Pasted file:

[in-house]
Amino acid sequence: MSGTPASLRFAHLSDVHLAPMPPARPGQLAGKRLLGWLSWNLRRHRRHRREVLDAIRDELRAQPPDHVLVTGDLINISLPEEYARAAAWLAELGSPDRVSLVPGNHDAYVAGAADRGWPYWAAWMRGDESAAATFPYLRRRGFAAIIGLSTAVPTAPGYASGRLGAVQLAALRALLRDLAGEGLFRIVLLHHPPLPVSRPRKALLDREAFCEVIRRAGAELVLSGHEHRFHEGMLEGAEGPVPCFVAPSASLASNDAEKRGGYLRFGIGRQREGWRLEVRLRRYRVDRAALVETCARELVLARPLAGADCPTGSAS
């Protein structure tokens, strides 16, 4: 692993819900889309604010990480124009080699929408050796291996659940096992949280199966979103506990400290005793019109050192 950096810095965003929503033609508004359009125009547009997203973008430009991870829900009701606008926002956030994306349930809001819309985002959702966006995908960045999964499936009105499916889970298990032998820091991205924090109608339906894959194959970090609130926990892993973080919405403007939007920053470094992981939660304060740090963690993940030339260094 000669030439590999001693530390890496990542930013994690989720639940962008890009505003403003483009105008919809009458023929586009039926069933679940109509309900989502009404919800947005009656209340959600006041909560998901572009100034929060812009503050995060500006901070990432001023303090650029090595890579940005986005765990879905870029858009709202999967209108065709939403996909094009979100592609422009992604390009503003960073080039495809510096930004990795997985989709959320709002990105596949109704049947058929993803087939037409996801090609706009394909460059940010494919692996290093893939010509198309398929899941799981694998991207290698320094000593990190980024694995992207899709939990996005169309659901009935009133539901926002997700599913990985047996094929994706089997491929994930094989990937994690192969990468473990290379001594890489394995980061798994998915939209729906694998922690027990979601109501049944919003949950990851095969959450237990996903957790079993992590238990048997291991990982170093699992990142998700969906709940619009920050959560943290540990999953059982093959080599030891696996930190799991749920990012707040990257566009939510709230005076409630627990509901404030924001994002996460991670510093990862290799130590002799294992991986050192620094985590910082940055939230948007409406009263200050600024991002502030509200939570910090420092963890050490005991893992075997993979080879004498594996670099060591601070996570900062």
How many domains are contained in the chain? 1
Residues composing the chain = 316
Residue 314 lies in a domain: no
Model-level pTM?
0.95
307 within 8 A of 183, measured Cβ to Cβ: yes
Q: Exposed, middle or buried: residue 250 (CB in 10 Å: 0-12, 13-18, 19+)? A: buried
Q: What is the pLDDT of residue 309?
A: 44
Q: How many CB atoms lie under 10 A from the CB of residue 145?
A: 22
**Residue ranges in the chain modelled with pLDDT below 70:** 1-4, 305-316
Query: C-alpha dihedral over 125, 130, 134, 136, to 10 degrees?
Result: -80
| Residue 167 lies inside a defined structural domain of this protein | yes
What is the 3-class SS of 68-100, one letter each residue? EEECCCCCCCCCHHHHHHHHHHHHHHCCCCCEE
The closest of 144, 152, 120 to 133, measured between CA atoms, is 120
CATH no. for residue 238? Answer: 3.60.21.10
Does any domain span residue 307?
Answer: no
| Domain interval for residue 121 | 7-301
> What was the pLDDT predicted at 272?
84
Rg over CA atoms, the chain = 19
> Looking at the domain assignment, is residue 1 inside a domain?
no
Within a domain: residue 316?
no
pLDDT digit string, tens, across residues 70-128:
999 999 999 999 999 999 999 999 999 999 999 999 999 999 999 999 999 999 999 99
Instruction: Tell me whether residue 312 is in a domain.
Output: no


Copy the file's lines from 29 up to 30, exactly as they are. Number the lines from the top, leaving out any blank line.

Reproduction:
no
Within a domain: residue 316?